Re:Not really (1)

pla (258480) | more than 7 years ago | (#19349855)

gets a network connection up and running and i can get the drivers to install the rest of the cards

Exactly - You missed the parent's point - It does NOT "just work" after a clean XP install. In your case, you got lucky and the single most annoying part to get working, the network, happened to come up okay. But all those other drivers that allows you to download, don't work OOB.



Eventually what I had to do was remove all the PCI cards from my box, install 4 different pci wifi cards

When Dell builds you a PC, they use all parts that either Microsoft (or their own testing) has certified as functioning under XP. If you checked for Linux compatibility BEFORE buying, you wouldn't need to randomly try four different cards.

Now, that doesn't excuse the fact that four cards simply didn't work well (or at all) under Linux - But literally thousands of people would jump at the opportunity to write those very drivers, if the manufacturers didn't make it as difficult as possible to get the necessary info.

Two main points (2, Insightful)

DrYak (748999) | more than 7 years ago | (#19350125)

So the two main points to make wider Linux marketshare are :

- Have system builders that hand-pick components known to work with Linux distros. Both small Linux shops and initiatives from large manufacturers like Dell shipping Ubuntu on some computers will help. If they build machines on which Linux just installs(tm), that will be a nice step forward.

This will be much more creative than bitching whose OS is better for a clean install and throwing personal anecdotes at each other as arguments. (Yes, I know you can find WiFi cards that don't work on Linux out of the box. On the other hand you can also find server that are completely supported in Linux - Chipset, RAID controllers, etc. - whereas under Windows you need to pop several floppy disks just to get the install started. It's just a matter of who selected the hardware and for what purpose)

- Put pressure on the makers of chips used in WiFi, GFX Cards, etc... to release enough specs so the community will be able to write a decent opensource driver.

This is the only possible solution. Keeping a stable ABI or using shims/BLOBs is a fundamentally bad idea. Unless you want to bring Windows' "my printer drivers made the whole system crash" stability to Linux. And accompanying driver portability on anything but x86 architecture (Do I really need to bring the subject of driver availability under Windows XP 64bits edition ?). If the drivers aren't GPLed, drivers produced by manufacturer aren't that much useful.

Re:Not really (1)

Stevecrox (962208) | more than 7 years ago | (#19349615)

Tried Vista with an internet connection?

I've had expearence with installing vista on four machines (all four had net connections) when Vista first booted it it went online downloaded all the drivers installed them and asked me to restart. These machines were all less than a year old and I agree on older machines you would be less likely to have a driver (i'm talking three or four years old.) Sure Vista sucks for out of the box driver support but this great thing called the interweb means it auto-installs alot of newer drivers. XP is not in the same league as Feisty Fawn and Vista for this, yet Feisty fawn lacks my web camera and tv card divers (which XP and Vista have.)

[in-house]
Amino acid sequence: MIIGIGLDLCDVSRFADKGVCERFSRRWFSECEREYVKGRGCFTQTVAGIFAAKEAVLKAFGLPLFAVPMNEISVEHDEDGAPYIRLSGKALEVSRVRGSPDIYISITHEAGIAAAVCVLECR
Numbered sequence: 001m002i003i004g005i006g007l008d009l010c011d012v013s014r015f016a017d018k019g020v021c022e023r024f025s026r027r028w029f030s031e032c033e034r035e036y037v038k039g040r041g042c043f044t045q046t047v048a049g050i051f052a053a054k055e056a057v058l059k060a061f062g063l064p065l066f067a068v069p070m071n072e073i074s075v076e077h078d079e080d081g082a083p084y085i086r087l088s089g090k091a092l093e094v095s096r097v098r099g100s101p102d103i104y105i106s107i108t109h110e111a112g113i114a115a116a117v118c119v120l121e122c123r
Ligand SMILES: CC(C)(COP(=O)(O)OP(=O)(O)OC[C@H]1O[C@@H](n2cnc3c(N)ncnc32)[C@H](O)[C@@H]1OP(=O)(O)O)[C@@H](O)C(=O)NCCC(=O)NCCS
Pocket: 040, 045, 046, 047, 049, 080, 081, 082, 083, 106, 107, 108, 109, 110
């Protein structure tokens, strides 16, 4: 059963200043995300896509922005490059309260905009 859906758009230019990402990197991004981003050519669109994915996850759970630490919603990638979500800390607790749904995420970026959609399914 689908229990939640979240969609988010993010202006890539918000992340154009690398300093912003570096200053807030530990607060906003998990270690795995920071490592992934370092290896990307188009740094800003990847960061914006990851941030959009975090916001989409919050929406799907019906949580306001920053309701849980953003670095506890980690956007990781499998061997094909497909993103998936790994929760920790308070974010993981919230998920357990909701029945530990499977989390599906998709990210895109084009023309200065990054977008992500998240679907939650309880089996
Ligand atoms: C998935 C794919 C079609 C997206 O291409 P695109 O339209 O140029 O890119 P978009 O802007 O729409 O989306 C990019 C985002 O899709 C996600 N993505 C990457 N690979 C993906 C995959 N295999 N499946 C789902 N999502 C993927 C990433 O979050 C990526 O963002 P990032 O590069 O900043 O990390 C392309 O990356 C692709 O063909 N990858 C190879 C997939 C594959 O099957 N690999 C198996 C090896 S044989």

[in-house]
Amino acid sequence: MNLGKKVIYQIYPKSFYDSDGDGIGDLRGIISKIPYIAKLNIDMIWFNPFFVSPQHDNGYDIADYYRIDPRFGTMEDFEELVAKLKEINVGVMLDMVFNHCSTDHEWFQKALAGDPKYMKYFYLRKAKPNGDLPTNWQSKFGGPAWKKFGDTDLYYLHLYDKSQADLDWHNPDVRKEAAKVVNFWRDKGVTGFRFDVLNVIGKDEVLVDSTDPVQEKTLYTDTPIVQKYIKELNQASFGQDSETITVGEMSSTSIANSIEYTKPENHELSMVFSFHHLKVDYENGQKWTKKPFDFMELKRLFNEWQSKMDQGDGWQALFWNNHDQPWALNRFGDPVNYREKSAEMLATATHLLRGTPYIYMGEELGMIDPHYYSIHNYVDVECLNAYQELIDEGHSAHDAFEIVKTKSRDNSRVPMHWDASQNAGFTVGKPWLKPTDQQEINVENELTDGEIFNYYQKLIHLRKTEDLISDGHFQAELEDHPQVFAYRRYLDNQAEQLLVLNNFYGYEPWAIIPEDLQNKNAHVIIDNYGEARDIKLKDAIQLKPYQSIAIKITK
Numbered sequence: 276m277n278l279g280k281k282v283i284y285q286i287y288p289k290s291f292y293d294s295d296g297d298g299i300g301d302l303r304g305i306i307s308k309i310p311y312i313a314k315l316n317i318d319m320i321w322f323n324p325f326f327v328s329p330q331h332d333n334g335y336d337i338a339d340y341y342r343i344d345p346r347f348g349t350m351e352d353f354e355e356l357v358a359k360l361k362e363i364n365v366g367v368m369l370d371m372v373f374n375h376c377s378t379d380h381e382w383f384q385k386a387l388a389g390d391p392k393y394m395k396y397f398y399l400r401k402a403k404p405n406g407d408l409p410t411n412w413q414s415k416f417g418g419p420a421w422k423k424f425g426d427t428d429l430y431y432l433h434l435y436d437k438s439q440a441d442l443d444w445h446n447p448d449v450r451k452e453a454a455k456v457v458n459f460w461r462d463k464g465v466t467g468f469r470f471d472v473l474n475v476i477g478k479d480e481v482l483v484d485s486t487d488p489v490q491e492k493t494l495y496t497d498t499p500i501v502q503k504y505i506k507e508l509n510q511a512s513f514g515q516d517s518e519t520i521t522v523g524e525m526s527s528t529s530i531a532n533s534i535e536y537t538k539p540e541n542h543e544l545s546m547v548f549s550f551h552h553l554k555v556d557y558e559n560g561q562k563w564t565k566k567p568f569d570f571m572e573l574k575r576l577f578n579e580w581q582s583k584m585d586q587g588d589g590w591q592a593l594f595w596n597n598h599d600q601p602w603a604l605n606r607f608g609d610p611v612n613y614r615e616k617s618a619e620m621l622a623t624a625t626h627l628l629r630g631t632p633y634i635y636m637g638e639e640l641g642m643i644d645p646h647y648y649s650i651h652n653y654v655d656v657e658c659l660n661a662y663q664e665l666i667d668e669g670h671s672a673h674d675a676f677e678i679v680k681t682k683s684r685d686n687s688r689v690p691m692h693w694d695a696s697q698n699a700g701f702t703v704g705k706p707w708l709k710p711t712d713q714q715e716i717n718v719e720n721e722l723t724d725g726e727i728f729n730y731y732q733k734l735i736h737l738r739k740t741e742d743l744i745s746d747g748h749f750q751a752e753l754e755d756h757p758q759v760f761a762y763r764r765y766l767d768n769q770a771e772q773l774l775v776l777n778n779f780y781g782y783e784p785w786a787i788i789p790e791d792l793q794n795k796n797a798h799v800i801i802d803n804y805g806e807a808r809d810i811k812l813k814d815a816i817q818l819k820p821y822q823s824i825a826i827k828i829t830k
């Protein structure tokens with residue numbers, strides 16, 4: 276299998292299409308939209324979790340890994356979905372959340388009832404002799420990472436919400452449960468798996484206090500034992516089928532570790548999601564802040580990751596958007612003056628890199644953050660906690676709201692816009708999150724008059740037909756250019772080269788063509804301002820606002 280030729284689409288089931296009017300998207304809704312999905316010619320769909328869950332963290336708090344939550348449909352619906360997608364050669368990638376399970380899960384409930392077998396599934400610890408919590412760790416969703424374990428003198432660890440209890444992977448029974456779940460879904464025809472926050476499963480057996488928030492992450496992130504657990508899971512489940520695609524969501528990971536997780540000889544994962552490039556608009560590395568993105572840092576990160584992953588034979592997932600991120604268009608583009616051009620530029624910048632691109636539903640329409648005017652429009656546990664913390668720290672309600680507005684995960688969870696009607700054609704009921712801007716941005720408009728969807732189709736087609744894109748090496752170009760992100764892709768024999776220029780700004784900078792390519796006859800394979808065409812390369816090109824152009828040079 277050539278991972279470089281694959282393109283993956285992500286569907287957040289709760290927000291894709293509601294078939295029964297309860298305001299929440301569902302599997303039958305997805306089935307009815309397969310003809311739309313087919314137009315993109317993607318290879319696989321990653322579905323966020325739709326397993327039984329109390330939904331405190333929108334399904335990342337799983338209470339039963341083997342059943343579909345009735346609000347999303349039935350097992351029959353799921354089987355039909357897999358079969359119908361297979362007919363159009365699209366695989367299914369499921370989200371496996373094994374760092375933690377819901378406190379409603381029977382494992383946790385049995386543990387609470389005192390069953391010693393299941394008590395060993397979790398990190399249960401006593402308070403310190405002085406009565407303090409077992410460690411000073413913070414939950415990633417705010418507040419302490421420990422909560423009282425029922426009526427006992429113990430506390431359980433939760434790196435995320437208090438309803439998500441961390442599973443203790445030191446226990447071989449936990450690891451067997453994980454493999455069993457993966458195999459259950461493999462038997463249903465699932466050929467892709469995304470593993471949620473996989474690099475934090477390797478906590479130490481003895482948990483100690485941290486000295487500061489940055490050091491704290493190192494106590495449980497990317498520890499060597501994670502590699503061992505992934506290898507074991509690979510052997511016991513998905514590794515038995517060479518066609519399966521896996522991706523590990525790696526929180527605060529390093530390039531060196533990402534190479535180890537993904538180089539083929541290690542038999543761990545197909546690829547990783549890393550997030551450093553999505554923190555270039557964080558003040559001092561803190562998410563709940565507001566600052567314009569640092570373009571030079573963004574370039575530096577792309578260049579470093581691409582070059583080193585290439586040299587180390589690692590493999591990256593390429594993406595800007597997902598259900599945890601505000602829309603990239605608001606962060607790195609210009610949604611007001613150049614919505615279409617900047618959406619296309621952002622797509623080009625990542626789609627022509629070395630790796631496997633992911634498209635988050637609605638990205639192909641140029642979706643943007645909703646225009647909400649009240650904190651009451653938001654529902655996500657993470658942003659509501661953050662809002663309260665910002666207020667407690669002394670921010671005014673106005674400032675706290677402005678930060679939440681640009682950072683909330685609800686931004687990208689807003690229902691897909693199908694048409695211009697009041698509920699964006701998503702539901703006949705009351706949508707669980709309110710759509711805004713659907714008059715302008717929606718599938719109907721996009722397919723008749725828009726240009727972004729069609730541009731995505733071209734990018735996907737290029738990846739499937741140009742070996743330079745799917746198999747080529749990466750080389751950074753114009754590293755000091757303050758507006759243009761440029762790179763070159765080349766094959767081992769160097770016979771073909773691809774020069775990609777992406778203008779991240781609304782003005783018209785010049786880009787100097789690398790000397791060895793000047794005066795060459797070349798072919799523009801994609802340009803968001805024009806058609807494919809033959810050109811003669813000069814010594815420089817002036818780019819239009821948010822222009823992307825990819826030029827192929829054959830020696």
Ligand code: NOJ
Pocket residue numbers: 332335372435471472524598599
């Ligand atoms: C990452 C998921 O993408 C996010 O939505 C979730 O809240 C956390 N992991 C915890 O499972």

Re:Not really (0)

Anonymous Coward | more than 7 years ago | (#19349721)

Great, but what if: a) The computer being setup does not have an internet connection or b) The network card is not supported. In either case, Vista has next to no support. If someone wrote a Linux distro to do that (and they may already have), then it would be great, but calling that out of the box support in Vista is a lie. Vista is just "saving you time" by doing the driver hunt for you. Of course, if you had a network connection in XP, it could also search the web for drivers post-install.

Re:Not really (1)

mrogers (85392) | more than 7 years ago | (#19349727)

I challenge you to wipe your Windows HD, re-install everything from just a windows CD and see how much of that hardware works.
That's a straw man - if a piece of hardware requires extra drivers for Windows, it comes with a driver CD. If you lose the CD you can easily download and install the drivers without ever seeing a command prompt, let alone recompiling your kernel or googling to find out where your distro stores its firmware images or a thousand other annoying little jobs. I love Linux and I use it exclusively, but I'm not blind to its weaknesses, and hardware support (especially for wireless cards, as the GP pointed out) is one of those weaknesses.

Re:Not really (1)

Knuckles (8964) | more than 7 years ago | (#19350007)

if a piece of hardware requires extra drivers for Windows, it comes with a driver CD. If you lose the CD you can easily download and install the drivers

What does this have to do with the topic of running the complete OS from a USB stick without any configuration?

missing the point (1)

sentientbrendan (316150) | more than 7 years ago | (#19349775)

the point is that drivers *exist* and *work* for windows, but they don't *exist* or don't *work* for linux. If it's *impossible* to get hardware to work properly for linux, that's a real problem. Hardware problems are the #1 thing keeping the linux desktop/laptop in eternal limbo... Even my ubuntu install on fairly common hardware has issues...